FarmLogs Introduces a New Benchmarking Tool

Discover the value of products on your farm faster by combining efforts with farmers across the U.S., that’s what FarmLogs promises with their new “FarmLogs’ Research Network.” The group plans to give farmers access to benchmarking information they say will help inform their input decisions.

“We’re starting an on-farm research network to make it easy for growers to participate in trials that prove real ROI on different practices and products,” says Jesse Vollmar, FarmLogs CEO. “This is different than other benchmarking tools on the market because we're designing specific protocols that accurately answer the most important questions, and we're validating the results to ensure the protocol is followed.”

Contrary to other products on the market, FarmLogs isn’t crowdsourcing information. Instead, they’re setting up organized trials for “apples to apples” comparison. “It’s benchmarking on steroids,” Vollmar adds.

Adding specific protocol means farmers can evaluate a tested product or practice’s performance with more accuracy, the company says. Without protocol, testing could look like this: Say you’re testing the efficacy of a herbicide, and you spray it on time, but your neighbor is a week late—you’ll have different results. When those results are combined to make an average it doesn’t create an accurate portrayal of the product.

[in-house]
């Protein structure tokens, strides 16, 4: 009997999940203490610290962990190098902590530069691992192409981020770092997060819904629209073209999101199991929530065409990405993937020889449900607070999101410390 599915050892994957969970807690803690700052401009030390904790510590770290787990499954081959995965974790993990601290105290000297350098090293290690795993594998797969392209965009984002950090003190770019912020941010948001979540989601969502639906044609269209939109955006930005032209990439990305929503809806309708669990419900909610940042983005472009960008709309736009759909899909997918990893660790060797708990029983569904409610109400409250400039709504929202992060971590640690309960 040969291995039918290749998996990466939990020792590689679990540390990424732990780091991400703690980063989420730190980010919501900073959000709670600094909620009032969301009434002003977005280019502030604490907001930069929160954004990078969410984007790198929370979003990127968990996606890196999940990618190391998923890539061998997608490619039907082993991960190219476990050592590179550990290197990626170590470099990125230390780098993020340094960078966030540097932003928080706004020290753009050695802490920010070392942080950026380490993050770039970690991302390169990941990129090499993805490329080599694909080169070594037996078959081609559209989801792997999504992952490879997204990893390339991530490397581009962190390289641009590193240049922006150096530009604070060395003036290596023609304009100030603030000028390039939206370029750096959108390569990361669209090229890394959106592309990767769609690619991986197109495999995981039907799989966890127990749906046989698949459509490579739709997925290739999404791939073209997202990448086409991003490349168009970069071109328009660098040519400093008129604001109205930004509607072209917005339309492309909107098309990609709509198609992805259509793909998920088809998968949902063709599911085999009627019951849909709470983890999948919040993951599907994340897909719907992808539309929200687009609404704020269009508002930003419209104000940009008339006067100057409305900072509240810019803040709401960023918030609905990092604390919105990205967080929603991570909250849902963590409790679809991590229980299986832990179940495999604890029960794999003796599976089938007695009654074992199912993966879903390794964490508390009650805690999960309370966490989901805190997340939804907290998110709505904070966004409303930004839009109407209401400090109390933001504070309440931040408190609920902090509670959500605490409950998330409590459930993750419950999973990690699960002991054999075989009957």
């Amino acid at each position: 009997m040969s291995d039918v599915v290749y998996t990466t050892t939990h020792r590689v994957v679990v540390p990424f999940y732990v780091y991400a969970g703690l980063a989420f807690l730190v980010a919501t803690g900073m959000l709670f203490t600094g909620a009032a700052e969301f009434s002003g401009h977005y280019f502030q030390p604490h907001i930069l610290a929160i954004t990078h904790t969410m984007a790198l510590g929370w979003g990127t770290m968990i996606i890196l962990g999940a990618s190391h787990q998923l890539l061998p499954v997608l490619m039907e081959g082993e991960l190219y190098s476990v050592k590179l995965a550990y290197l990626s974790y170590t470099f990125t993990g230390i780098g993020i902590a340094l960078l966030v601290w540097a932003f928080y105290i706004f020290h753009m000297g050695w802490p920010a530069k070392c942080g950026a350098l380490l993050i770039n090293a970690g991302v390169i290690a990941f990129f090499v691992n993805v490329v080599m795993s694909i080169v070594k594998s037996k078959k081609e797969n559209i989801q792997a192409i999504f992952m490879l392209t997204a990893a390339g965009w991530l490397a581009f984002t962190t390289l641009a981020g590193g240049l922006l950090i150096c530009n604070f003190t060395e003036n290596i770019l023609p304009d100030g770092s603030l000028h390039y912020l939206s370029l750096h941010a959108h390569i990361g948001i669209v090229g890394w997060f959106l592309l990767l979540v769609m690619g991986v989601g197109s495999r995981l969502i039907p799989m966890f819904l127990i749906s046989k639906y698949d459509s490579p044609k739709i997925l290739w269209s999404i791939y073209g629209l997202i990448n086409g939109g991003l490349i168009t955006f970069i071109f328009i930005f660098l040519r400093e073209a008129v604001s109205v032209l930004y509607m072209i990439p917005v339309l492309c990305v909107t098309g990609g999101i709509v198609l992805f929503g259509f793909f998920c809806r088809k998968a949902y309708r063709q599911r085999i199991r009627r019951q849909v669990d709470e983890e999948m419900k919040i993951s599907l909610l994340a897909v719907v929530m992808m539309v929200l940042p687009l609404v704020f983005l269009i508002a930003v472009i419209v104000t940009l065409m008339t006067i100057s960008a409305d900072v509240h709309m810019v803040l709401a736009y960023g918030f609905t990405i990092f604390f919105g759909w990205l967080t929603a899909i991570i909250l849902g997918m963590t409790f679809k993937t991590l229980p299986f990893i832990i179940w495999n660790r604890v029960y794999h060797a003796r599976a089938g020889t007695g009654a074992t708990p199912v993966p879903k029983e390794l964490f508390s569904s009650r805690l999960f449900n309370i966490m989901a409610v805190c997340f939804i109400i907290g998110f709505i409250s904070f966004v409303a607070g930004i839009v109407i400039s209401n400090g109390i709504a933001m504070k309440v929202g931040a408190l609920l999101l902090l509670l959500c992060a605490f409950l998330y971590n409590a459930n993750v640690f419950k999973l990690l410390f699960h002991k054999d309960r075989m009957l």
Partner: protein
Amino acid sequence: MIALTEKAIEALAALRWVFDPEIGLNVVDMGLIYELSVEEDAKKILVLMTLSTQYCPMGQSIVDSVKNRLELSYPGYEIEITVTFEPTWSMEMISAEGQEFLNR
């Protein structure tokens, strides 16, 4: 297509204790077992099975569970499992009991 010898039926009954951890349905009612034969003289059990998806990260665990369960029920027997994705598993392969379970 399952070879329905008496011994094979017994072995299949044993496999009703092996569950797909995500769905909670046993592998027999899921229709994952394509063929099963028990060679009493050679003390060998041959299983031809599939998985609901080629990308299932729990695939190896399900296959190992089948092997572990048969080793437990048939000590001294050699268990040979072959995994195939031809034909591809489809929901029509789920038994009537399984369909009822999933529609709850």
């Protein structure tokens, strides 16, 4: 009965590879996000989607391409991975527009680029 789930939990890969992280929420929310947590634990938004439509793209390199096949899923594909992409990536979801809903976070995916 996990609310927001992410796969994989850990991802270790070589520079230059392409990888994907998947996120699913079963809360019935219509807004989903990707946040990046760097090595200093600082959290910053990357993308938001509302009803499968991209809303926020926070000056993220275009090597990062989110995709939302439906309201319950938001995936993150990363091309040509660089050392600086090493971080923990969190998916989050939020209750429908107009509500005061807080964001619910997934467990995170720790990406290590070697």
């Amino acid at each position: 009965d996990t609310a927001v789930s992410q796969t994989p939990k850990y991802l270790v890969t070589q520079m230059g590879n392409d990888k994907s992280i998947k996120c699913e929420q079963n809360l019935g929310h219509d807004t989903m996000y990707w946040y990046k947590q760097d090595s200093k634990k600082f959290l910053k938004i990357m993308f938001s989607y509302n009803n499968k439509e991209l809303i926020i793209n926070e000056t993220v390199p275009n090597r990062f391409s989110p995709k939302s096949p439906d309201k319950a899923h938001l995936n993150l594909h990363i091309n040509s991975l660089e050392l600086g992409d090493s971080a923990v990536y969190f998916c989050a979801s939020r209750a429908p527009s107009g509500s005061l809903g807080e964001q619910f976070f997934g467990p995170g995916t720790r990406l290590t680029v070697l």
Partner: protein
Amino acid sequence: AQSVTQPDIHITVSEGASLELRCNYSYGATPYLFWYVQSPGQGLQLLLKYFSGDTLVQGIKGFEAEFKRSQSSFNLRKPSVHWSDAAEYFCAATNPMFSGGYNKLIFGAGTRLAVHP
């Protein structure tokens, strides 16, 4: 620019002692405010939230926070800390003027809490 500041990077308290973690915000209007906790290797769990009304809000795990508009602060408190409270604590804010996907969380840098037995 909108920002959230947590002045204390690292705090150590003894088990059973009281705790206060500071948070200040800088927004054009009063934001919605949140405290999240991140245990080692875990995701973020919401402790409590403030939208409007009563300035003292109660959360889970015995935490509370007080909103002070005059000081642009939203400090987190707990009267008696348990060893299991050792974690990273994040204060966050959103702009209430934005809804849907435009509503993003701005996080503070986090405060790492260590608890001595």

“Misleading information can cost a lot of money,” Vollmar adds.

Testing a new product or practicing with FarmLogs’ Research Network requires a few steps:

  1. You must be involved in FarmLogs—either the free membership or the paid. Currently the company does not plan to charge for access to this benchmarking information.
  2. Talk to a representative from the company and explain what you’re interested in learning more about, and they’ll find other interested farmers to involve in testing.
  3. FarmLogs agronomy experts will set up specific testing protocol each trial’s operator needs to follow.
  4. Interested farmers sign up for the trials in which they would like to participate.
  5. Agronomists work with farmers to place the test in the best location within a farm and field to avoid unintended bias to create statistically valid information.
  6. Throughout the season, agronomists work with trial operations to ensure protocol is followed and watch for possible issues.
  7. Results are recorded at the end of the season and added into the larger data pool to develop conclusive information from the test.
“It’s controlled and better data,” Vollmar says. “If a farmer wanted to do this on their own it would take two to three years. With the network you get it in one.”

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